Conductors: Those substances which allow the passage of current through them are called conductors.

Metallic conductors: Those metallic substances which allow the passage of electricity through them without undergoing any chemical change are called metallic conductors ex; silver, copper, aluminium.

Metallic conductance: It is the phenomenon of flow of electrons through a metallic substance. It occurs due to flow of electrons.

 

Voltaic or Galvanic cell: This cell is a simple device of producing electrical energy by chemical reactions. Such a cell is also known as an electrochemical cell.

 

 

Electrolytic cell: it is a device to convert electrical energy into chemical energy.

Electrode potential: It is the potential developed over an electrode when it is immersed into the solution of its own ions. It is denoted by E.

Oxidation potential:

 

Gambarajah yang terdapat di dalam nota ini diambil dari Chemistry matter and its changes, 4th ed.Brady and Senese.John Wiley and sons.

 

 

ANSWER SCHEME TEST 1

Answer

 

1. 100.0 mL eth.gly. x 1.15 g eth.gly.    x   1 mol eth.gly. = 1.86 mol eth. gly

                                     1.00 mL eth.gly.       62.0 eth.gly.

 

     100.0 mL water x 1.00 g water    x   1 mol water  = 5.56 mol water

                                 1.00 mL water       18.0 water

 

    mole fraction of water =      5.56         =  5.56    = 0.749

                                             5.56 + 1.86      7.42

   

    Raoult’s law : Pwater = (Xwater)(Powater) = (0.749)(525.8 mmHg) = 394 mmHg

 

2.  39.5 g x  1 mol   = 0.636 mol eth.gly.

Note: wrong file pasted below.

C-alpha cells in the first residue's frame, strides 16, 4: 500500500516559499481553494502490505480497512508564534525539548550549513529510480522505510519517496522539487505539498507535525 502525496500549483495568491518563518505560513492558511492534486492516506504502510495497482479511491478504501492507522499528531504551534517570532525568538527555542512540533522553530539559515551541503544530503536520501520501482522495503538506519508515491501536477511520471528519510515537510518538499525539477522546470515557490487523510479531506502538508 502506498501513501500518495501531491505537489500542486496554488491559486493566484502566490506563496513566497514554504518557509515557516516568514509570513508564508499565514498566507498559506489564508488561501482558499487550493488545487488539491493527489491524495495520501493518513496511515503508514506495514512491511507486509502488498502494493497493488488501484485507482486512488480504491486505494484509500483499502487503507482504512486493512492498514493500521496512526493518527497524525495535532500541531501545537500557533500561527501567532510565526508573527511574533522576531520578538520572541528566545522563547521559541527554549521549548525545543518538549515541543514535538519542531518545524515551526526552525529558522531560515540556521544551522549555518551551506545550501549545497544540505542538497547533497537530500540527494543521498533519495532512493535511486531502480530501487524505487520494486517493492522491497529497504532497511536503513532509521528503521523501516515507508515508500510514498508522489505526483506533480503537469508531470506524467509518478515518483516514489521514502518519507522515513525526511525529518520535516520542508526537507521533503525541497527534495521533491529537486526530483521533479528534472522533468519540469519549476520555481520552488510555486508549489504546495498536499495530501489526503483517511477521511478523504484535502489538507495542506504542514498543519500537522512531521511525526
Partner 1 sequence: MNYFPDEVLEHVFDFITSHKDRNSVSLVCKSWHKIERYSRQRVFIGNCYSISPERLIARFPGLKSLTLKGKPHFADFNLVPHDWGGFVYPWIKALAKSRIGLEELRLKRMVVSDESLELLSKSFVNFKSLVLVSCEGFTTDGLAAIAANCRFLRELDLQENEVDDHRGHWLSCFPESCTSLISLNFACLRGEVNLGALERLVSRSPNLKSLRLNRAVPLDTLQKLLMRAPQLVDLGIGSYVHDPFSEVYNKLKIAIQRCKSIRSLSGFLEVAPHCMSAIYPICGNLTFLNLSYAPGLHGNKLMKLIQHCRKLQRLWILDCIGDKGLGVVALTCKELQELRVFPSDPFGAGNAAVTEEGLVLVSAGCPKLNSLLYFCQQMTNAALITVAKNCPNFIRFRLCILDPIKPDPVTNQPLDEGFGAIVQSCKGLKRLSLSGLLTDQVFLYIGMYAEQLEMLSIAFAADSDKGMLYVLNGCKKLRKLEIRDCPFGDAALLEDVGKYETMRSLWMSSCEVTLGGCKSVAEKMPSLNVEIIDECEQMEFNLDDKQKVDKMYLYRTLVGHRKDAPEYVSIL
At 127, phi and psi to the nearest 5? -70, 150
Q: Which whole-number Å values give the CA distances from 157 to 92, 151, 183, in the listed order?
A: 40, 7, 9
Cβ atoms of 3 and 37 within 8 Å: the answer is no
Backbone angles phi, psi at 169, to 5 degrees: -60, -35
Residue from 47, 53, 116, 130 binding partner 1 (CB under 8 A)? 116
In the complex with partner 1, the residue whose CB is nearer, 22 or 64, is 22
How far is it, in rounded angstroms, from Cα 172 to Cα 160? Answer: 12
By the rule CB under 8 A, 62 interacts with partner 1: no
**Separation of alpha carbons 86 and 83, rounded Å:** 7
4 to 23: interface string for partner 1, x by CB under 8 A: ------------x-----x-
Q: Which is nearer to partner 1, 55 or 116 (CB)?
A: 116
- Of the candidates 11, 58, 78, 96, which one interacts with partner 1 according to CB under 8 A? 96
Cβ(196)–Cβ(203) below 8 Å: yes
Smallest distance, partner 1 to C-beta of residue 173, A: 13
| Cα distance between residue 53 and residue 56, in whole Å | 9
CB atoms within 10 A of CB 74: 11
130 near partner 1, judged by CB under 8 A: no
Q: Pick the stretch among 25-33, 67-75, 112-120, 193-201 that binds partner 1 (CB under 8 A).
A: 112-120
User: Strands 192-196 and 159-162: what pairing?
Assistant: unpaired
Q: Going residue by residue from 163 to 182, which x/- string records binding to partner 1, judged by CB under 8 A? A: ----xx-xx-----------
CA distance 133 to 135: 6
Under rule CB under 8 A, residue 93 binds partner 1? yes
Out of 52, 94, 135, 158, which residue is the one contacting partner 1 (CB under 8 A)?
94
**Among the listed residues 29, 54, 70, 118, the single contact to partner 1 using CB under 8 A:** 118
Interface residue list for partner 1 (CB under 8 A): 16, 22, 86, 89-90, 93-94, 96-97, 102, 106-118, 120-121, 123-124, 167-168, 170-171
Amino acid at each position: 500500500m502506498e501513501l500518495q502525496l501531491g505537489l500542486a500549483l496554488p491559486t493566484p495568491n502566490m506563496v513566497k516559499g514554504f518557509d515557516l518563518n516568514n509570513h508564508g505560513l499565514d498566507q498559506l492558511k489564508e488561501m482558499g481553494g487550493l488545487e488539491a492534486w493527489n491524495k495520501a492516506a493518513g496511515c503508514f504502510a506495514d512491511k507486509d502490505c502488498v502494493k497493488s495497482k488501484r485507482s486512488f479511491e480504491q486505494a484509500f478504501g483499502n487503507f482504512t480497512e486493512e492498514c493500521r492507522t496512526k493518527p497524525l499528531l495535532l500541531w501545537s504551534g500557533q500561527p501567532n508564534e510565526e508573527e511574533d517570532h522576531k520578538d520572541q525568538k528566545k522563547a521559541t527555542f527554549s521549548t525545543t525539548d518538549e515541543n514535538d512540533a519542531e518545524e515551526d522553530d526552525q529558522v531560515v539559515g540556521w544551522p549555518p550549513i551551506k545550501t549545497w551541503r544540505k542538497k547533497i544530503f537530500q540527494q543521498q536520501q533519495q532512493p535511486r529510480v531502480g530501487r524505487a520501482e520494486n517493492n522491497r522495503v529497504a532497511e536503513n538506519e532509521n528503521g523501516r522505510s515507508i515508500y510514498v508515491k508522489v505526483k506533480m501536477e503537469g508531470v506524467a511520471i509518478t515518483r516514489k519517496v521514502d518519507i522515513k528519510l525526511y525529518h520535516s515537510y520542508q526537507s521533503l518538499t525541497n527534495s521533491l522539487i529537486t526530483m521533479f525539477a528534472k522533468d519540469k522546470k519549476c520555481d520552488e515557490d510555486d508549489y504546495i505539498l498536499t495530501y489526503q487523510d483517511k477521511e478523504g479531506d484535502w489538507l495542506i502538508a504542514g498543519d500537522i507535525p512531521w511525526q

62.07 g

     750 mL x 1.00g x 1kg      = 0.750 kg mass of solvent

                        ml       103g

 

    molality of solution = 0.636 mol  =  0.848 mol kg-1

                                        0.750 kg      

    The boiling point elevation = ∆Tb = (0.52 kg mol-1)( 0.848 mol kg-1)

                                                 = 0.44oC

    The solution boils at 100.44 oC

    The freezing point lowering = ∆Tb = (1.86oCkg mol-1)( 0.848 mol kg-1)

                                                  = 1.58 oC

    The solution freezes at -1.58 oC

 

3. c =  π    =            1.8 x 10-3 atm                      = 7.36 x 10-5 mol/L

          RT     (0.0821 L atm mol-1K-1)(298K)

 

 

     Molar mass =        5.0 g                 =  6.8 x 104 g/mol

                            7.36 x 10-5 mol

 

4. i)

Point

Degree of freedom

A

1

B

1

C

1

D

2

T

0

 

    ii) 

Point

Phases

A

2 phases (solid-liquid)

B

2 (liquid-vapor)

C

2 (liquid-vapor)

D

1 (vapor)

T

3 (solid-liquid-vapor)

 

     iii) T- triple point; C-critical point

 

5. i)

 

 

    ii) 

 

 

 

    iii) Fractional distillation yields pure hydrogen bromide and an azeotropic mixture (47% HBr and 53% water)

 

6. i) Let the mass extracted = a g

              a/100         = 5

               (5-a)/100

               a=4.17g

    ii) first extraction :       b/50    = 5

                                  (5-b)/100

                                    b=3.57g

         second extraction :     c/50           = 5

                                       (1.43-c)/100

                                     c=1.02g

         total mass extracted = 3.57 + 1.02 = 4.59g

 

7. Mass of Cd remains in solution = 40 g Bi x 40 g Cd = 26.67g Cd

                                                                          60 g Bi

    Mass of  Cd precipitated = 60-26.67 = 33.33 g

 

 

8. a) cubic closest packed spheres

    b) hexagonal closest packed spheres

 

9. Edge length = 2(133pm) + 2(181pm) = 628pm

 

 

 

ANSWER SCHEME TEST 2

 

1. Shine a beam of light on it. If light is scattered, the dispersion is colloid.

 

2. i) Size 1nm -1000 nm

              a) monodisperse : particles all the same size

              b) polydisperse: range of particles size

   

    ii) chemical properties

           a) Lyophilic – solvent loving

                                - stable towards flocculation by electrolytes

                                 - generally solubilized macromolecules

 

            b) Lyophobic – easily flocculated by electrolytes

                                  - generated mechanically